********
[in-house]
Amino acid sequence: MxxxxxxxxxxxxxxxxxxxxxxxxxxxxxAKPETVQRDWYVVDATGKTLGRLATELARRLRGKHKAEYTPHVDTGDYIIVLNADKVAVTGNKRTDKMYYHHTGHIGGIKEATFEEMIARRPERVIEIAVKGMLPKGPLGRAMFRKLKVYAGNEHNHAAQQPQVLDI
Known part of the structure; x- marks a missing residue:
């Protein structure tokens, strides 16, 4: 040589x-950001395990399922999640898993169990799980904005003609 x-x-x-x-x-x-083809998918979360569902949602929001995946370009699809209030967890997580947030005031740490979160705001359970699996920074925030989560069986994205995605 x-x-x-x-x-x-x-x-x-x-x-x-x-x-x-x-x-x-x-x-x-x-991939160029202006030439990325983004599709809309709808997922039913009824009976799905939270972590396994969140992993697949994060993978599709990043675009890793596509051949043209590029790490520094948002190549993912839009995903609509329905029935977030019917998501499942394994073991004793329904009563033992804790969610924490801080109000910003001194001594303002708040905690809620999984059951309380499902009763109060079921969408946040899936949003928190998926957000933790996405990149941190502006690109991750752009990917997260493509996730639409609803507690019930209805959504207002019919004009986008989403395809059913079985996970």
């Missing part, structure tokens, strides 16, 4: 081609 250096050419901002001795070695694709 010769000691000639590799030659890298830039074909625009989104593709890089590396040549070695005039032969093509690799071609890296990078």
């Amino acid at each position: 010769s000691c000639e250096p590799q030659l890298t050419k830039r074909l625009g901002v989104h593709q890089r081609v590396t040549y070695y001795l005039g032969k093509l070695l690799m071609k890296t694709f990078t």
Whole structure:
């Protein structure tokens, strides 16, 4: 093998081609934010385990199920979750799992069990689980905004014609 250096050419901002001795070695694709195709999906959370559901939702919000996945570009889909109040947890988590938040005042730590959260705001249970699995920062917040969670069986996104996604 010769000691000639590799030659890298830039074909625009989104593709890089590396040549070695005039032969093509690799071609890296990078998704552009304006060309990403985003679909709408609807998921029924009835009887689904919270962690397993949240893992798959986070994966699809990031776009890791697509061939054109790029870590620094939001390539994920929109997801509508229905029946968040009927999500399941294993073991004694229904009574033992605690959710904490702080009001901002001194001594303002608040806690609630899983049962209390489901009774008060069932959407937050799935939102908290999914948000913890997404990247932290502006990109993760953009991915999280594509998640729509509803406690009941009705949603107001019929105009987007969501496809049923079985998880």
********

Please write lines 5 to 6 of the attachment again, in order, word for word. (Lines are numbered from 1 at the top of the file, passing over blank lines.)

């Missing part, structure tokens, strides 16, 4: 081609 250096050419901002001795070695694709 010769000691000639590799030659890298830039074909625009989104593709890089590396040549070695005039032969093509690799071609890296990078």
């Amino acid at each position: 010769s000691c000639e250096p590799q030659l890298t050419k830039r074909l625009g901002v989104h593709q890089r081609v590396t040549y070695y001795l005039g032969k093509l070695l690799m071609k890296t694709f990078t």